Saturday, December 10, 2022

NWU Engineers Develop A Tiny Remote-Controlled Robot Crab!

By Aaryaa Padhyegurjar

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Northwestern University engineers have unveiled the world’s tiniest remote-controlled walking robot – a tiny robotic crab!

The machine is only a half-millimeter broad and can fit on the edge of a penny with room to spare, according to the team’s new research published in May 2022, in the journal Science Robotics. In addition to robotic beetles, crickets, and inchworms, the researchers constructed a veritable swarm of other creature-inspired gadgets. The researchers believe their devices are a significant step toward developing practical robots that can execute remote-controlled operations in small settings.

A magnified view of the tiny crab robot, standing on the edge of a coin. (Credit:
Northwestern University)

“You might imagine micro-robots as agents to repair or assemble small structures or machines in industry or as surgical assistants to clear clogged arteries, to stop internal bleeding or to eliminate cancerous tumors—all in minimally invasive procedures,” John A. Rogers, professor of materials science and engineering at Northwestern University and lead author of the study said.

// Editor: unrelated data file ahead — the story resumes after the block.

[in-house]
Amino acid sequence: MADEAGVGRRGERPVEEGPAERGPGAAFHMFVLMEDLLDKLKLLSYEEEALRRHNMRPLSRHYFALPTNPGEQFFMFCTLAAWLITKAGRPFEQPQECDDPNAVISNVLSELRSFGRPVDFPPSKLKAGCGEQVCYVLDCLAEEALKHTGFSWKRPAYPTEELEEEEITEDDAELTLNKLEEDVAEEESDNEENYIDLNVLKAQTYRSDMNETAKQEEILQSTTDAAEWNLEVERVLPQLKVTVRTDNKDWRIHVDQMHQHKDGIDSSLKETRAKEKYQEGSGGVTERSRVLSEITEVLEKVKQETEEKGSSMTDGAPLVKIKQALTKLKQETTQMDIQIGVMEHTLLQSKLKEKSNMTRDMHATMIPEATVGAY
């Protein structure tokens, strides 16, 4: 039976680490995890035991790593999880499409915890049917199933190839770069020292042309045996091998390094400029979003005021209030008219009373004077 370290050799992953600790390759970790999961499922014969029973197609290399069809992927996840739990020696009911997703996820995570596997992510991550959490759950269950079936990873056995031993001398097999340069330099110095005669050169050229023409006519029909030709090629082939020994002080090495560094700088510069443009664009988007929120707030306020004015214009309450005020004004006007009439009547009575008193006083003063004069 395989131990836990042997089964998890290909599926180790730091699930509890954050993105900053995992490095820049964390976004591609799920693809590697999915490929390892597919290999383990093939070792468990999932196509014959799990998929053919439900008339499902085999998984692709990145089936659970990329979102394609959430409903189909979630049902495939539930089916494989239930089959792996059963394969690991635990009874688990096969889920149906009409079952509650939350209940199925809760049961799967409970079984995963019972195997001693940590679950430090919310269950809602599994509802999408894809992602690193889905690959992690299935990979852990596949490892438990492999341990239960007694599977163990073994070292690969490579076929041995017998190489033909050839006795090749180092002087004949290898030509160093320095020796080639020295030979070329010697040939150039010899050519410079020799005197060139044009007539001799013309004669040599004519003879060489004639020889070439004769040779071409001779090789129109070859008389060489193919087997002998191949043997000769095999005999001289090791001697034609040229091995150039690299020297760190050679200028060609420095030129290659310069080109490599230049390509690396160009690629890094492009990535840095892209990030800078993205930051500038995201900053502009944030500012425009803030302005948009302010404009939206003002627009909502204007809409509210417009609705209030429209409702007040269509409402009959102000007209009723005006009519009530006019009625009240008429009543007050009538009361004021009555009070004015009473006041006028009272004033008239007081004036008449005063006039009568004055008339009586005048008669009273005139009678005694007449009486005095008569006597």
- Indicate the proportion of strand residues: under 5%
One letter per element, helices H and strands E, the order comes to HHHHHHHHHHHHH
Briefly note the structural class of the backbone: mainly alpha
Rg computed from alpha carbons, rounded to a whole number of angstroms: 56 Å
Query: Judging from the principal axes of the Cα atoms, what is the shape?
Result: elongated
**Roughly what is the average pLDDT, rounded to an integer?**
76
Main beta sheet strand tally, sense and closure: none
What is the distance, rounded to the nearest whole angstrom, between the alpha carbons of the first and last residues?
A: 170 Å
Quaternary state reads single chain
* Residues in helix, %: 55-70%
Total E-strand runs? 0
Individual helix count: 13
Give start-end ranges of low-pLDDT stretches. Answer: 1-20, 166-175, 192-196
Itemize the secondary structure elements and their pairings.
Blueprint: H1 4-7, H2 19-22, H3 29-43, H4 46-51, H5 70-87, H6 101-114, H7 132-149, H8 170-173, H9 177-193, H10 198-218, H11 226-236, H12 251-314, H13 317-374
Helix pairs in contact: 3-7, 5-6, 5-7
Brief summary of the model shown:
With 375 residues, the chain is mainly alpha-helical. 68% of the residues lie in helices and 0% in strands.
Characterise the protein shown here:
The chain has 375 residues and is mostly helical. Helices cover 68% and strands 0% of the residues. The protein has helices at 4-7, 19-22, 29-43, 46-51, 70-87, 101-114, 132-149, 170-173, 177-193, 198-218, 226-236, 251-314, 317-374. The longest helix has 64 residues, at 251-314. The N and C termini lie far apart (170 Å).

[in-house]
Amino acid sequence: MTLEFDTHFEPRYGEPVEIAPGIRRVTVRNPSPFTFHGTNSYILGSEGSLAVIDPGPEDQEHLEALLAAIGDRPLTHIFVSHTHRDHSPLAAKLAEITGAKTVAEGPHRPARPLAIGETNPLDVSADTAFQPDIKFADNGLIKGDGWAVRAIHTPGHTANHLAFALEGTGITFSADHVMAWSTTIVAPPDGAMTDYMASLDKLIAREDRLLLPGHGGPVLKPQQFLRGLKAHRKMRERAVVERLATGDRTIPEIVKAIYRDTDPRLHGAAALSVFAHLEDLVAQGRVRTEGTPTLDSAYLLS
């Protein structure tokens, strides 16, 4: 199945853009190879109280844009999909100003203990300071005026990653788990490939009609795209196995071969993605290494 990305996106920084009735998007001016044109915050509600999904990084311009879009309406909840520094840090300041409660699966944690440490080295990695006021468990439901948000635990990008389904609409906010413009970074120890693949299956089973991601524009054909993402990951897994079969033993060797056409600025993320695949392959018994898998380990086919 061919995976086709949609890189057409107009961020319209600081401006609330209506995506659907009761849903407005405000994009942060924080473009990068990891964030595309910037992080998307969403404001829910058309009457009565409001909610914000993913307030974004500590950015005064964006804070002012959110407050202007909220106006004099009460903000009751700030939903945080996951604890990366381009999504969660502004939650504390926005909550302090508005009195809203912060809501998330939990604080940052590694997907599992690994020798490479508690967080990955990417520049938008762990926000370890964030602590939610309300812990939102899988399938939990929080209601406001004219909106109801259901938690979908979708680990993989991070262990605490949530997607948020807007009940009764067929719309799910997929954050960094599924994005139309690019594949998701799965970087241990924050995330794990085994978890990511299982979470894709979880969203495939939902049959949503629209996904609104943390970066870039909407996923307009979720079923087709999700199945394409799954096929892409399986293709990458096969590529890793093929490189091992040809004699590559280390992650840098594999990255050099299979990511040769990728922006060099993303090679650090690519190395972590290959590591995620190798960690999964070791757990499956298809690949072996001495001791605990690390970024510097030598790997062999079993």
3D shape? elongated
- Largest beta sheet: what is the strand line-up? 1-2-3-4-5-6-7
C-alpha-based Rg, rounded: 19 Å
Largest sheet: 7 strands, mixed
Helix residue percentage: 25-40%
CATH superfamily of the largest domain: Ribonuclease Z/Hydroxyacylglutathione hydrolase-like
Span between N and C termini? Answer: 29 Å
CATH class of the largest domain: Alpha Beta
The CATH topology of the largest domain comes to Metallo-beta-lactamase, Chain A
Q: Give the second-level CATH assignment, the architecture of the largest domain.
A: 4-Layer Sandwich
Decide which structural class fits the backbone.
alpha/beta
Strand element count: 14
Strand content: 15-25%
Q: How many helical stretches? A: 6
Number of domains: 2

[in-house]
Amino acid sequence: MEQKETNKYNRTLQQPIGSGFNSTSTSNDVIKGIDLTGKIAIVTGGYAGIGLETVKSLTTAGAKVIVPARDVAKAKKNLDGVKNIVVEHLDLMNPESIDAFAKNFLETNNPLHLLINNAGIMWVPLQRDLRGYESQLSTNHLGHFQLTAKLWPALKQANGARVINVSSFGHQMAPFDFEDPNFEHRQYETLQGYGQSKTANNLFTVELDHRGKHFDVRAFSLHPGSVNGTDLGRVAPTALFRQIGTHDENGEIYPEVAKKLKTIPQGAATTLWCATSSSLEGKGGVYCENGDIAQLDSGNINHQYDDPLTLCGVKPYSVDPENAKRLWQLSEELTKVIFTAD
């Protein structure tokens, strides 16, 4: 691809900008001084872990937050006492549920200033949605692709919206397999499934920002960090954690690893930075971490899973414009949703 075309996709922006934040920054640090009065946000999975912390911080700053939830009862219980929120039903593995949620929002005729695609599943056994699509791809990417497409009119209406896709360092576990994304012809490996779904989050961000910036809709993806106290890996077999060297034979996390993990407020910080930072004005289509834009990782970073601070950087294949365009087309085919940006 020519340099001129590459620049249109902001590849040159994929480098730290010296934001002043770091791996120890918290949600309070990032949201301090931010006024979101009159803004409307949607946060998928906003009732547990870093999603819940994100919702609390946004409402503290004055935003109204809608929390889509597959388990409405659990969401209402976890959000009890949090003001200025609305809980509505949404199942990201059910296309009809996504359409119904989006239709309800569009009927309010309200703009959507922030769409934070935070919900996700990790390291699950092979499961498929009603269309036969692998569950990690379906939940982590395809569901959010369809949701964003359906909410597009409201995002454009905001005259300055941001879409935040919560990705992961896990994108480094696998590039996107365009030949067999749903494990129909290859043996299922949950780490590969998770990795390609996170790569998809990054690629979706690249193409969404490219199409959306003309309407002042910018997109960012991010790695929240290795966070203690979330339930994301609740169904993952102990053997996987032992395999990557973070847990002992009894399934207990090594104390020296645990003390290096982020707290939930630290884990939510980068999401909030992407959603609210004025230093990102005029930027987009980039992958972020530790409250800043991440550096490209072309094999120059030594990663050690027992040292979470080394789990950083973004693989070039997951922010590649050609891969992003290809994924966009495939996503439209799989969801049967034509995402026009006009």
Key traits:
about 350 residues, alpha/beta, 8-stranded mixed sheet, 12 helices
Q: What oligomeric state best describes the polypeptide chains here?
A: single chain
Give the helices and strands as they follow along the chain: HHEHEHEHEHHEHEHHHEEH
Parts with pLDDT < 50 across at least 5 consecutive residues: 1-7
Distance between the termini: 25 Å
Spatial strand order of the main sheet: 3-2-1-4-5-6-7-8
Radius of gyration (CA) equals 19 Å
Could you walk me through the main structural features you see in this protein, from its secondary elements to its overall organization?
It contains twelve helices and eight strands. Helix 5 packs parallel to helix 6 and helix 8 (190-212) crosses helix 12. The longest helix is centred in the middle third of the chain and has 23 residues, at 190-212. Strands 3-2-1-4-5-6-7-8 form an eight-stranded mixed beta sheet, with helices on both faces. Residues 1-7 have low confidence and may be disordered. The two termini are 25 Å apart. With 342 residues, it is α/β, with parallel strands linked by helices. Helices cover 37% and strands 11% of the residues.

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Electricity isn’t used to control the robot. It’s comprised of a shape-memory alloy, which allows it to change shape when heated before returning to its original shape when cooled. The team was able to heat specific portions of the robot using a laser beam, forcing it to “walk.” Moving the laser from left to right, for example, causes the robot to shift from right to left. “Because these structures are so tiny, the rate of cooling is very fast,” Rogers said. “In fact, reducing the sizes of these robots allows them to run faster.”

“With these assembly techniques and materials concepts, we can build walking robots with almost any sizes or 3D shapes,” Rogers said. “But the students felt inspired and amused by the sideways crawling motions of tiny crabs. It was a creative whim.”

The procedure allows the crabs to crawl, walk, and bounce around. Of course, because it requires a laser beam to move, it’s not quite ready for prime time. But it does pave the way for more advanced micro-robots in the future.

Click here to watch NU’s demo video on YouTube. Click here to read their study.


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